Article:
• Create one CMake profile with Clang compiler and another with GCC, and switch between them when running or debugging your application
  • On Windows, create MinGW, Cygwin and MSVC toolchains, create 3 CMake profiles using separate toolchain each, and switch between them when running or debugging your application

To switch between CMake profiles, select them in the run configuration switcher on the toolbar. Alternatively, you can select them in the Run/Debug configuration switcher popup, which is opened with Shift+Alt+F10 (Linux/Windows) / ^⌥R (macOS) for Run and with Shift+Alt+F9 (Linux/Windows) / ^⌥D (macOS) for Debug.
Additional notes on the CMake profiles/build type switcher can be found here.

Run icons for main functions and tests

The left gutter in the CLion editor can help navigate your code (for example, navigate to the base/derived class or to the declaration/definition) and show VCS status. Now it’s also helpful for the task of running/debugging your app.
For every main function in your code, as well as for every test (if case you use one of the officially supported frameworks like Google Test, Boost.Test or Catch), CLion shows a run icon in the left gutter. Click it to run, debug or run the corresponding main or test function with Valgrind Memcheck:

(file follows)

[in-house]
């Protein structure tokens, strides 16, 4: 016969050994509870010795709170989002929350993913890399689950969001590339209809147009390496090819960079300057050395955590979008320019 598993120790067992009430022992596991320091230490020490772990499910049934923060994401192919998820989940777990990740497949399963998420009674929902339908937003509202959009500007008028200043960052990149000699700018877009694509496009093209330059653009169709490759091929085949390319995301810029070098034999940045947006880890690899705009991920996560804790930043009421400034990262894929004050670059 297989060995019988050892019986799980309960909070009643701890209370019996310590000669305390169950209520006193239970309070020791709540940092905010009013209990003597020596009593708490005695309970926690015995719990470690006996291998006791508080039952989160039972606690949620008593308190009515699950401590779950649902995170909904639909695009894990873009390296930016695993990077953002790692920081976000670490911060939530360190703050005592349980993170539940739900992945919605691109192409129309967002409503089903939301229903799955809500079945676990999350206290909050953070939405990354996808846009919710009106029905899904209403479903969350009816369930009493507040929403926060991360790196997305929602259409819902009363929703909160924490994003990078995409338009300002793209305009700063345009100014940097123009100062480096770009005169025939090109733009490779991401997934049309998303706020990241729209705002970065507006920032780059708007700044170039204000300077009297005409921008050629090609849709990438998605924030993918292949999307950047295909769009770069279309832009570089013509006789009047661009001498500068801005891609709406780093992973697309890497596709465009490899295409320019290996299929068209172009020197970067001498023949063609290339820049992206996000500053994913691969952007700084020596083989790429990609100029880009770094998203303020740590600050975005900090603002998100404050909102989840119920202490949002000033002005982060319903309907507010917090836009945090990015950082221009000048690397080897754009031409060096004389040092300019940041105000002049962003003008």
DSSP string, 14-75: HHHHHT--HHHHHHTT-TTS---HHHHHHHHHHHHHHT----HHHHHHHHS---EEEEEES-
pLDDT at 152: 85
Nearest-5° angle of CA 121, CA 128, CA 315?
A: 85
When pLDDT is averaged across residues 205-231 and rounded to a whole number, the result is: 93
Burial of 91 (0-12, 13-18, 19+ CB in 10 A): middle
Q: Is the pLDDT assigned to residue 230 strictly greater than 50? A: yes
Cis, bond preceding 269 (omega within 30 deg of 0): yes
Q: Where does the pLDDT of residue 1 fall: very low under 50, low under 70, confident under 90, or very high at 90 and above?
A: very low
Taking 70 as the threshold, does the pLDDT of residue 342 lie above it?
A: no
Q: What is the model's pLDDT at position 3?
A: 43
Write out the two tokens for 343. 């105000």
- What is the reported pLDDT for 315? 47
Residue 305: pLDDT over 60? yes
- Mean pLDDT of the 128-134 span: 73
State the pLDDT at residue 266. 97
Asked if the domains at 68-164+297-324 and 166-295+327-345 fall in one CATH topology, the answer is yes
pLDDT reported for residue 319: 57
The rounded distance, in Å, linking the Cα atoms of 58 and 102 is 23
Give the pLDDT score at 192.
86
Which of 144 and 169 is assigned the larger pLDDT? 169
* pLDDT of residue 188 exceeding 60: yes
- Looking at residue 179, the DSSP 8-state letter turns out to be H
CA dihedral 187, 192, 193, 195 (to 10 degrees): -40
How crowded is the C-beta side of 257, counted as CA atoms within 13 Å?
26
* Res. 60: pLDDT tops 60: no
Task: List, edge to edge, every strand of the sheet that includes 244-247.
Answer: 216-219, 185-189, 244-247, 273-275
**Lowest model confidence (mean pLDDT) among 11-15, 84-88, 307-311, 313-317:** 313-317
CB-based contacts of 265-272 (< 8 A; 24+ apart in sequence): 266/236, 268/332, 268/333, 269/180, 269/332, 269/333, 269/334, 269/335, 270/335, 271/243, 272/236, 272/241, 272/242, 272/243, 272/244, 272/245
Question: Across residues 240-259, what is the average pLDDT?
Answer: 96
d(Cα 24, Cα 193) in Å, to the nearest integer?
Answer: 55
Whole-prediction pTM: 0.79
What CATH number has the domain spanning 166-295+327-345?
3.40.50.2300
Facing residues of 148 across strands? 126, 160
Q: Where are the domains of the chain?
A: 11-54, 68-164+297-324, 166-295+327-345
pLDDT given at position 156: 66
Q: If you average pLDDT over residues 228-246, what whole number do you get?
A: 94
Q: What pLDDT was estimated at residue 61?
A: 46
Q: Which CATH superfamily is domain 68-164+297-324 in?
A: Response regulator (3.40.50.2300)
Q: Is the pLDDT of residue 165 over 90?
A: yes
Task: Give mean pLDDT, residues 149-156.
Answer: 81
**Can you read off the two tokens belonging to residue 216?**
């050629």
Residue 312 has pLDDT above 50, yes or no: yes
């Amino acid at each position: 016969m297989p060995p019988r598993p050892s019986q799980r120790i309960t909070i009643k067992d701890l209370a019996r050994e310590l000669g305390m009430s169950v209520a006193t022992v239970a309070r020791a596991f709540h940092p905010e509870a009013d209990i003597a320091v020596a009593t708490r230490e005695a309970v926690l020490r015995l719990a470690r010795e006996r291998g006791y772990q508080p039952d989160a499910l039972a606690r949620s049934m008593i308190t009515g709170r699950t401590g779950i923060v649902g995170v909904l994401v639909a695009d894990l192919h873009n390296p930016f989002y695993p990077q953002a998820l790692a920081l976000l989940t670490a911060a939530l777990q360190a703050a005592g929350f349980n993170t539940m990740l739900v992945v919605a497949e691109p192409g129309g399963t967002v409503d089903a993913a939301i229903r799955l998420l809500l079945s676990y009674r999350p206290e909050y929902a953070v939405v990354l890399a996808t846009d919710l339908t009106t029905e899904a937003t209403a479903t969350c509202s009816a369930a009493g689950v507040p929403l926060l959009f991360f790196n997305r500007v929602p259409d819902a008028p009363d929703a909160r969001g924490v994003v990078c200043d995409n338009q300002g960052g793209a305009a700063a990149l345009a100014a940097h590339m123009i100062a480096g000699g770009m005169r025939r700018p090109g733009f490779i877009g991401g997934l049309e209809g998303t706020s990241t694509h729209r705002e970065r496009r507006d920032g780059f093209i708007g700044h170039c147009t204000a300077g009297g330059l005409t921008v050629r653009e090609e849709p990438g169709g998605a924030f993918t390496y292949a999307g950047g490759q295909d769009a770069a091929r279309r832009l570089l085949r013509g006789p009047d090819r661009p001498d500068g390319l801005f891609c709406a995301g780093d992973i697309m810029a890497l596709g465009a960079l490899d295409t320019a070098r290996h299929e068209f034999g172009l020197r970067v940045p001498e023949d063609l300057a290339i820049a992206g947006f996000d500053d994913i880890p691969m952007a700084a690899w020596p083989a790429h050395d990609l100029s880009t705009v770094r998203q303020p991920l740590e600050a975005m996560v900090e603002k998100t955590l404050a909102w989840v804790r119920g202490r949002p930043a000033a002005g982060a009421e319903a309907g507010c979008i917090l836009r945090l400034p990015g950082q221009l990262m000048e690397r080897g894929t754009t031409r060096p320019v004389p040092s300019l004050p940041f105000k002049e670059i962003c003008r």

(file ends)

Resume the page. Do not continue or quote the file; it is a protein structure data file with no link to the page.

For unit tests, these icons also report the status of the tests: success or failure.

And even more!

Other important changes include:

  • Separate settings for function calls and function declarations in Settings/Preferences | Editor | Color Scheme | C/C++
  • Bundled CMake 3.9, GDB 8.0 with multiarch support, LLDB 5.0
  • Various platform changes, including VCS support improvements
  • Kotlin/Native, a brand new technology that compiles Kotlin directly to machine code, is now supported in CLion via plugins

Whew, that’s it! Explore all the new features in even more detail on our website. Start your 30-day free evaluation and try out all these new features and fixes (a demo project to play with).

Download CLion 2017.3

Your CLion Team

The Drive to Develop

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51 Responses to CLion 2017.3 released with C++ support improvements, Valgrind Memcheck, Boost.Test and much more

  1. Evgenii says:

    Together with Valgrind support, which is really cool, it’d nice to gave Google Sanitizers integration too.

  2. Roman says:

    Congratulations! Great release. Support for multiple toolchains is great, especially for cross-platform libraries where we need to fix various compiler-specific bugs.
    Parsing quality improvement is also quite noticeable. Still there are some bugs in parsing, but they don’t harm productivity in my case.

    My wishlist for 2018:
    1. CTest support. Very important when testing code on different input and with various command line parameters. This area of testing is not covered by unit testing. (It is possible to call std::system from GTest, but then you will need to “attach to process” for debugging)
    2. Better incremental performance (better caching, incremental parsing, etc). Ideally, we should suffer from freezes only once: when opening large project first time.
    3. Debugging support on Windows.
    4. Low-level debugging support: disassembly view, memory view, register view.

    Pipe dream:
    5. Makefile support (Netbeans-like (automatic) )

    • Anastasia Kazakova says:

      Thanks Roman!

      CTest is a probably candidate for 2018. Upvote it here: